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For Once I Agree With AOPA

Old 18th Mar 2019, 02:32
  #1 (permalink)  
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For Once I Agree With AOPA

[The simple and inconvenient truth is that the loss of VH-FYM was directly attributable to CASAís inflexible aircraft maintenance regulations and the inability for aircraft owners or pilots to obtain a simple over the phone approval to ferry an aircraft for the purpose of maintenance. Had such a facility been in place, the pilot would not have been under any pressure to undertake the accident flight.
https://aopa.com.au/bad-regulations-...BBQ7JwpBUvLJ3Y


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Old 18th Mar 2019, 03:25
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Absolute tripe.

You canít possibly blame Casa in any way for this crash.

If the weather is unsuitable, donít take off, or turn back when required. Pressing on is the PICís choice.

If you are alive, you can always fly another day. You can never fly again if youíre dead.

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Old 18th Mar 2019, 03:56
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It isn't that hard to get approval, is it?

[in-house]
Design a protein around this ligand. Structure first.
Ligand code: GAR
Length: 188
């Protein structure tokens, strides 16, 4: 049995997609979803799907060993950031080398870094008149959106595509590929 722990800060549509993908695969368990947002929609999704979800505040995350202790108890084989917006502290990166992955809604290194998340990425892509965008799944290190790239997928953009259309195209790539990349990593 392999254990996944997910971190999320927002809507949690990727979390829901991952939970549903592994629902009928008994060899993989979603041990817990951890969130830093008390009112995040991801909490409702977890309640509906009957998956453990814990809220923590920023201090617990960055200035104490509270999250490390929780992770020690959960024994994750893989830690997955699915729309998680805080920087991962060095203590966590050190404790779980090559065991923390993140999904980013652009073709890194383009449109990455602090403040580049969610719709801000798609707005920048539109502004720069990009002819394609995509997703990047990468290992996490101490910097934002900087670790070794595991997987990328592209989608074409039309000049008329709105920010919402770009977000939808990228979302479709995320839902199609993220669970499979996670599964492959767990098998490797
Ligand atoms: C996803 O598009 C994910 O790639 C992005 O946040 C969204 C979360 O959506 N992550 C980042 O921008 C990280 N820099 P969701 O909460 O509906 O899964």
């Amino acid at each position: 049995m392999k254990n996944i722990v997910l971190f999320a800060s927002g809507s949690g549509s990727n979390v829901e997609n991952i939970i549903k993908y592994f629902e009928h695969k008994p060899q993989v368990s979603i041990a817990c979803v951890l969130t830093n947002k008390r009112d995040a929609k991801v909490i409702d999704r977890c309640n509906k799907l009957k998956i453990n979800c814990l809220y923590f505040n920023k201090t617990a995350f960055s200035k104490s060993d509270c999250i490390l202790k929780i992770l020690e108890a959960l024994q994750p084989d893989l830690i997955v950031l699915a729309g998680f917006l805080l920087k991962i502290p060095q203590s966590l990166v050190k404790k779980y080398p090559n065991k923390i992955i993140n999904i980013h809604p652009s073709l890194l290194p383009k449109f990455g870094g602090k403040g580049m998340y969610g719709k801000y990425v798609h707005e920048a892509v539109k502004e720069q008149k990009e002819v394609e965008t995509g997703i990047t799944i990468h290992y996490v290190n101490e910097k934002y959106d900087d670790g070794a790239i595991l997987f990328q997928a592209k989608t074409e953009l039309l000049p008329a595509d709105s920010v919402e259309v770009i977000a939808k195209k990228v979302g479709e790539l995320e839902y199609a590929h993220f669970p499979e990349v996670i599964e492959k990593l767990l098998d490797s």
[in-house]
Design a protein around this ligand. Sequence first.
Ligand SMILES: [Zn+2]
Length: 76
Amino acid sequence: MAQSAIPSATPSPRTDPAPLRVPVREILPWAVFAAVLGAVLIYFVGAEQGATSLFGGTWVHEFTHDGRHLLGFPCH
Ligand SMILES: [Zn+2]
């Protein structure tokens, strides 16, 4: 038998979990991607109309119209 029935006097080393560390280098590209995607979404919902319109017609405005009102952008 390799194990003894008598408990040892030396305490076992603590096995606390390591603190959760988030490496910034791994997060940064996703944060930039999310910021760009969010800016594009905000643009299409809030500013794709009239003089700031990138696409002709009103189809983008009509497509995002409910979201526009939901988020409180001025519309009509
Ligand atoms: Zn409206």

I had to fly a 172 which was about a month over due on the annual. I called CASA, they pointed me to the correct form. Once the form was submitted, I had approval the same day. I wasn't happy at the cost mind you (about $200 from memory), but it wasn't my money so I didn't give it a lot of thought.

The LAME even told me that he didn't care how it got there, he'd still do the work. I didn't want to bust regs and it was easy not too.
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Old 18th Mar 2019, 04:44
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Having obtained a Special Flight Permit (is what you're talking about) once, to move an aircraft 25 miles from a private strip to an airport, it was not an over-the-phone 5 minute job, and took about a week or two to arrange via an obliging non-CASA person who needed various information about the aircraft to be satisfied that it was in a safe condition to be operated. It wasn't any great drama, I did 90% of the work for the guy, but he had the magic ticket to write it up. He gave us a seven day window to move the aircraft which was plenty.
An over-the-phone or online to get such a permit within an hour would certainly be a good thing, but someone has to sign their name to it in the end, and if it goes to schnitzel, they are on the chopping block.